Solon calls for pull out from WTO

By KIMBERLIE NGABIT-QUITASOL
www.nordis.net

LA TRINIDAD, Benguet — Anakpawis Party-list Representative Ariel Casilao called for a pull-out from the World Trade Organization – Agreement on Agriculture (WTO-AoA), during the first public hearing on the impact of the implementation of the General Agreement on Tariffs and Trade-WTO.

The public hearing was sponsored by the House of Representative’s Special Committee on Globalization and WTO here on March 3.

“The Cordillera farmers have been demanding a stop to massive importation of vegetables since 2002, and then they called for a pull-out from the WTO during their protests in Manila, now we are actually facing what they are protesting against, cheap imported vegetables that could freely enter the local market, versus the costly locally produced, due to absence of government support such as irrigation, infrastructure and hauling, post-harvest and warehousing, to marketing-distribution,” Casilao said during the hearing.

He also said that it is the duty of every Filipino to demand freedom from unfair trade agreements to protect and develop the country’s own agricultural sector.

Casilao, along with other progressive partylist representatives, filed House Resolution No. 797 pushing for a congressional inquiry to determine the impact of the implementation of GATT-WTO policies to the country’s agriculture industry.

The resolution is a response to the demand of farmers for government to address the impact of the implementation of WTO agreements.

Fernando Bagyan of the Alyansa dagiti Pesante iti Taeng Kordilyera (Apit Tako) raised during the public hearing that the implementation of the GATT-WTO policies would worsen the already poor condition of Cordillera farmers. He said that farmers in the region are not prepared to compete with other countries.

“We have been demanding that the Philippine government pull out from the GATT-WTO for decades now just as we have been demanding for genuine agrarian reform,” Bagyan said in an interview.

Bagyan pointed out that in 2002 when imported carrots from China flooded the country, the price of local carrots dropped to P1 a kilo due to an oversupply.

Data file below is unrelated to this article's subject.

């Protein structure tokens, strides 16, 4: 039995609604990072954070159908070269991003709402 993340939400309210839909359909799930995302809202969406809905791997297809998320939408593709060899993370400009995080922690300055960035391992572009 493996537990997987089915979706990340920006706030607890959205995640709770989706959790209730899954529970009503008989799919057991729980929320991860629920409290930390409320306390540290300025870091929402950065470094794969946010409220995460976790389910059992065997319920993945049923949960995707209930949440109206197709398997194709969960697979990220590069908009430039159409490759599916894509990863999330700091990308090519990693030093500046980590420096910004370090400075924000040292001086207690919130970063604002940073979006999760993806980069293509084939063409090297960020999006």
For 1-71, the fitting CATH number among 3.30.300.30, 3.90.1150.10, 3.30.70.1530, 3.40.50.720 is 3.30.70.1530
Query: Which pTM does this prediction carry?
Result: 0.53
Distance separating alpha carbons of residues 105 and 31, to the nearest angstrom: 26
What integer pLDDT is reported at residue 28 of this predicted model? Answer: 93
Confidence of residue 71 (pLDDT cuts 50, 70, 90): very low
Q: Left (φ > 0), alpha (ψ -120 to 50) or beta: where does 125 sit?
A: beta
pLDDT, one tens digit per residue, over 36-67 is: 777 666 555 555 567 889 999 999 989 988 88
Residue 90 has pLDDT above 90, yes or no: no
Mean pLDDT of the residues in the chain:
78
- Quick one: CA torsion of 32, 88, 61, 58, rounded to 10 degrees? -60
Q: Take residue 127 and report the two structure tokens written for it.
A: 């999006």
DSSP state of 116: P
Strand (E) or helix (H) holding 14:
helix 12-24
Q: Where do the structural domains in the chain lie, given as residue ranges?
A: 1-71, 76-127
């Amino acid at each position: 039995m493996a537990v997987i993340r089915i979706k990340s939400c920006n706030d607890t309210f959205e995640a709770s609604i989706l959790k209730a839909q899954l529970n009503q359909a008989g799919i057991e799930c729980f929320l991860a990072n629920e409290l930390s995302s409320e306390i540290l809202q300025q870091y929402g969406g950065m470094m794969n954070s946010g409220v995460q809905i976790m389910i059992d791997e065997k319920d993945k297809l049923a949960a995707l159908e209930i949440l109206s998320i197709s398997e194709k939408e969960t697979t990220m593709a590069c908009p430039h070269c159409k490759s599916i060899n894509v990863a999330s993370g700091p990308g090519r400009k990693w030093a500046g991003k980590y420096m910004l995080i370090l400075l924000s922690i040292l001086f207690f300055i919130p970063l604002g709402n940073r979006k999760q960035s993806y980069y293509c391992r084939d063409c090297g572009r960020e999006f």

“So could you imagine what happens to the agriculture industry; with the implementation of GATT-WTO, the country will be flooded not only with imported carrots but all other vegetable produce and other agricultural products as well,” Bagyan reiterated.

In a position paper for the public hearing, the Regional Agricultural and Fishery Council (RAFC) Cordillera raised that with the GATT-WTO implementation, local farmers in the region are at the losing end because of the local high production cost and added transportation cost.

RAFC in its position paper pointed out that local farmers are already burdened by expensive farm inputs, periodic crop damage due to typhoons and monsoon rains, poor farm to market roads, inadequate capital and climate change.

“The full implementation of GATT-WTO will apparently cause economic crisis and dislocation in the region similar to what happened in the sugar producing provinces of Negros in the late 1990s if nothing is done regarding the present adverse situation,” the RAFC paper read.

Teresita Gaoken, chairperson of the Sadsadan Association of Vegetable Producers, an organization of farmers from Bauko, Mountain Province, said government should provide subsidies to lower the production cost of farmers. She said that given the present cost production, it would be impossible for local farmers to compete with imported crops.

According to the National Economic Development Authority (NEDA) Cordillera 56% of the region’s labor force are employed in the agriculture industry.

NEDA data also show that Cordillera is the country’s leading semi-temperate vegetable producer in the country, supplying 70% of the supply requirement. 82% of the region’s vegetable production comes from Benguet province.

According to Bagyan, there has been an increase in semi-temperate vegetable production in Mountain Province and Ifugao in recent years. # nordis.net

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